Earlier this week, the amino acid L-carnitine was deemed safe, and thereafter released by Health Canada for non-restricted supplemental use. The availability of this effective nutrient will be an excellent addition to natural antioxidant options. This article will discuss L-carnosine, featured yesterday on the Dr. Oz show, and the lesser known counter-part of L-carnitine. While L-carnitine garners attention for its benefits in addressing weight loss, diabetic complications, mitochondria function and cardiovascular health, L-carnosine is quietly emerging as the new antioxidant powerhouse. There is exciting new research being conducted using L-carnosine in areas such as brain health, stroke recovery, anti-aging, cataract
Many of us are familiar with statin drugs, such as Crestor and Lipitor, as the first-line prescription for poorly managed cholesterol levels. Moreover, it has been known for quite some time now that statin drugs deplete our bodies of a key antioxidant called Coenzyme Q10 (CoQ10, for short). CoQ10 is extremely important for heart health by providing energy to the muscle cells of the heart, while also playing a role in cognitive function, mitochondrial health and many other physiological functions.
As if this wasn’t bad enough, there is new evidence to suggest that other important heart health nutrients may be depleted or negatively impacted by statins, too. Let’s first start with Vitamin D.
For those that are biochemically saavy, you will recall that vitamin D is actually made in the body from cholesterol. Can you already see where this is going? Statins deplete cholesterol and vitamin D is made from cholesterol. With basic logic, we can infer that statins can negatively impact the bodies’ ability to synthesize vitamin D. When we couple this idea with the fact that the vast majority of Canadians are already deficient in vitamin D, we run into problems.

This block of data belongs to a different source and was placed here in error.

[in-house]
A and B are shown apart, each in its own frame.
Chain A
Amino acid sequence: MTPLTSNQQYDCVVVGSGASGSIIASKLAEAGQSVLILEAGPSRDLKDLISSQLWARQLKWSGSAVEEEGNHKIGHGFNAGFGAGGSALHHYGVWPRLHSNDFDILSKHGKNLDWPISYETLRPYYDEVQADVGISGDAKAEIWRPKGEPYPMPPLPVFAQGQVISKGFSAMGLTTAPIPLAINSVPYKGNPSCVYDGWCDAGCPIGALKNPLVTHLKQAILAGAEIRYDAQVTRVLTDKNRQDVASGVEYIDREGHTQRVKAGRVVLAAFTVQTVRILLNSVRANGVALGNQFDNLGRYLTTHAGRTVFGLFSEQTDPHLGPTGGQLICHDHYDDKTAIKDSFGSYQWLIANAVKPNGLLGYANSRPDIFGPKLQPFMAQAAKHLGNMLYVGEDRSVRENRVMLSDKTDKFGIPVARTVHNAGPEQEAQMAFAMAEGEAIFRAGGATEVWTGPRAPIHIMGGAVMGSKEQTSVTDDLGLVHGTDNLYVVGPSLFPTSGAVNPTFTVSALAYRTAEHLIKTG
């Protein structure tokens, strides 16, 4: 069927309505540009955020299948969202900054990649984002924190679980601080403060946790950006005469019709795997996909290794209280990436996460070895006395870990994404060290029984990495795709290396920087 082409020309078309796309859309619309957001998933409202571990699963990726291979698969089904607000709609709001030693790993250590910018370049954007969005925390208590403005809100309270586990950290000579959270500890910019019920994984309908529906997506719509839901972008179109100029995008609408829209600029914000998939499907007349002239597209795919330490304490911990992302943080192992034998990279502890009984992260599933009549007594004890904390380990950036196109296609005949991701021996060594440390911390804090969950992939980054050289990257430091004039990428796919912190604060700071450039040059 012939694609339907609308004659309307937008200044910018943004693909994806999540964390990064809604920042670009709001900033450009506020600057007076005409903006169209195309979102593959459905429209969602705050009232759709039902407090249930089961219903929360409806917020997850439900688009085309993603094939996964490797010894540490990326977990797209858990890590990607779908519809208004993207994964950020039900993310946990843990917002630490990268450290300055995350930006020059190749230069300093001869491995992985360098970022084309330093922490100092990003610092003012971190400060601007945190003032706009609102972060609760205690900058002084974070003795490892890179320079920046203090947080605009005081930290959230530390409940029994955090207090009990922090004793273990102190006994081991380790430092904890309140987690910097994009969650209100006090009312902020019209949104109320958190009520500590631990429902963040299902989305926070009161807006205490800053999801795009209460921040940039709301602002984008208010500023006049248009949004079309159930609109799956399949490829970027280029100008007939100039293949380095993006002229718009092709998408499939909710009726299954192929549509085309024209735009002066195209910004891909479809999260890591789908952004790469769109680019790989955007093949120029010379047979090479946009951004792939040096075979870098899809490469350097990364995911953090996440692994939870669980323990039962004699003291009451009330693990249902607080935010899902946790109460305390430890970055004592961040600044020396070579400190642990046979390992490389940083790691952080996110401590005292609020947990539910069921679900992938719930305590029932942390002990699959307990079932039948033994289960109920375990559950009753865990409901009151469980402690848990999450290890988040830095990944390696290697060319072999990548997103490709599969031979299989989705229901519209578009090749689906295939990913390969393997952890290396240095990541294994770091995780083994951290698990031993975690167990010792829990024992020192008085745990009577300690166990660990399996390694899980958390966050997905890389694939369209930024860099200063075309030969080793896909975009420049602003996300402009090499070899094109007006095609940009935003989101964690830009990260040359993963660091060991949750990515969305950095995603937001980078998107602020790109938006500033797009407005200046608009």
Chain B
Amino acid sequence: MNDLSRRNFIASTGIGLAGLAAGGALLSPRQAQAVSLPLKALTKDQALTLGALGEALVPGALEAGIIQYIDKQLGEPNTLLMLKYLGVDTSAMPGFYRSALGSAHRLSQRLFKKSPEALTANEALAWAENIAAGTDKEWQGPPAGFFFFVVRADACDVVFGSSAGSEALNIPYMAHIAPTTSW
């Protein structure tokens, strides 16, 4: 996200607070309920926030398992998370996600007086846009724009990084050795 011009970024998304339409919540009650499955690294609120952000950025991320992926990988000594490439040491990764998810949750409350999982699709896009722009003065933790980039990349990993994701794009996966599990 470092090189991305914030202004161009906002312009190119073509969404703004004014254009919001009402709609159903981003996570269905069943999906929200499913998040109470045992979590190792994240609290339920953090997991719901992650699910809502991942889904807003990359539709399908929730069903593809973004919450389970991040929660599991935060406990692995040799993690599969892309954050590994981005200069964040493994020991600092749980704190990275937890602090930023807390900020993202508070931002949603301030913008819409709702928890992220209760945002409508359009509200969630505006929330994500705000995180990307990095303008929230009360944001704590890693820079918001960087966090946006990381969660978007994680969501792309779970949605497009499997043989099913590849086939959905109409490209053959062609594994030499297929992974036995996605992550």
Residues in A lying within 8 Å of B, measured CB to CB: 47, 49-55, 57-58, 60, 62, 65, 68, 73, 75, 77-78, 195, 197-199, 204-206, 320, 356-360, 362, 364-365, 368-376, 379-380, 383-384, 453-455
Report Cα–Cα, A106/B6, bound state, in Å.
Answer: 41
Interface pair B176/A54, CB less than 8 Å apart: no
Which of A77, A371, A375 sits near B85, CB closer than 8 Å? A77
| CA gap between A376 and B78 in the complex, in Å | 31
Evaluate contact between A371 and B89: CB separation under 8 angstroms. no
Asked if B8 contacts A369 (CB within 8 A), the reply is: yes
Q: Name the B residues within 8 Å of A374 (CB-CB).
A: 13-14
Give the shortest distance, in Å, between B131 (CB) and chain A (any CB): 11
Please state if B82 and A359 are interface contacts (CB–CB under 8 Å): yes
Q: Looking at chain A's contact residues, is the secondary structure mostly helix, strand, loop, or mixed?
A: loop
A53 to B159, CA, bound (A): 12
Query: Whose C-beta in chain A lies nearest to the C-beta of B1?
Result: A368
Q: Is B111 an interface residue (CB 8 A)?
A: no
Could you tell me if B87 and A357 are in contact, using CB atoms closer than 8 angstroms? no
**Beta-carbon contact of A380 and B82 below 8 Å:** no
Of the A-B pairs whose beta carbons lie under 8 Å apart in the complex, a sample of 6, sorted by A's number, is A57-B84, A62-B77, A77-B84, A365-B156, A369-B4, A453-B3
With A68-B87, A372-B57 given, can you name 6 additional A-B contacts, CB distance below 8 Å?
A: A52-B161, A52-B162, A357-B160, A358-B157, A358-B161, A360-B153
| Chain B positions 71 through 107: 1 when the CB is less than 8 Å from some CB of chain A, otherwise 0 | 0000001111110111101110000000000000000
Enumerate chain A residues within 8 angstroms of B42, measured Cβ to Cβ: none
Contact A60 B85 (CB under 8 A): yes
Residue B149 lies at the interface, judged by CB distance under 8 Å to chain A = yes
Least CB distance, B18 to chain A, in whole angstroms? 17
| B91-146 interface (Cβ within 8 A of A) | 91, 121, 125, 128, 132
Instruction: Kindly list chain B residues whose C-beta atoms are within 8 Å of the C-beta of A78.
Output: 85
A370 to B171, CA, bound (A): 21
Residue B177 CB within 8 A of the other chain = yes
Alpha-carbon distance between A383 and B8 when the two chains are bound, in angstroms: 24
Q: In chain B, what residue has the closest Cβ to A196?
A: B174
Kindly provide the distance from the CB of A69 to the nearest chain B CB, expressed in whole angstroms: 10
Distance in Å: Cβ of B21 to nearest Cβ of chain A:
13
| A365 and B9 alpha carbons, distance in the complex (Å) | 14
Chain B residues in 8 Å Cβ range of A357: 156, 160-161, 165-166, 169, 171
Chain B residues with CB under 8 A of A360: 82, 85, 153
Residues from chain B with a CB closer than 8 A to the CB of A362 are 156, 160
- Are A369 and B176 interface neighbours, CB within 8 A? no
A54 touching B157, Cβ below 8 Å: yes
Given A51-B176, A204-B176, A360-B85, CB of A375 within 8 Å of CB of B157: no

A recent study of 74 women and 72 men found that supplementation with vitamin D could offset the very common statin side effects of muscle pain and muscle soreness. In fact, 88-95% of patients that originally had to stop their statin drugs because of these side effects were able to resume statin therapy without the undesirable muscle pains once their vitamin D levels were normalized.
A separate study discovered that statins might also interfere with the synthesis of vitamin K2, a nutrient that is extremely important in protecting the blood vessels from calcification. Essentially, vitamin K2 is responsible for driving calcium to the bones and away from the cardiovascular system. A deficiency in vitamin K2 can actually promote arterial calcification and stiffening of your blood vessels! So, given this brand new information that statins may deplete your body of vitamin K2, this is yet another major concern for those regularly taking statins.
If you’ve been counting, yes, that’s three essential nutrients that are depleted by statins – ironically all of which help to reduce heart disease in their own right!
The take home message from this post is not necessarily to stop taking your statin drug. Rather, if you do decide to use statin therapy, be sure to consider its implications for nutrient depletions. In particular, it would be worth supplementing with CoQ10, vitamin D and vitamin K2. Speak with your integrative healthcare practitioner to safely and effectively integrate these nutrients into your medication regimen.
Khaynikov M et al. Intolerance because of myalgia, myositis, myopathy, or myonecrosis can in most cases be safely resolved by vitamin d supplementation. North Am J Med Sci 2015; 7:86-93
Okuyama H, Langsjoen PH, Hamazaki T, Ogushi Y, Hama R, Kobayashi T, Uchino.
Statins stimulate atherosclerosis and heart failure: pharmacological mechanisms. H.Expert Rev Clin Pharmacol. 2015 Mar; 8(2):189-99.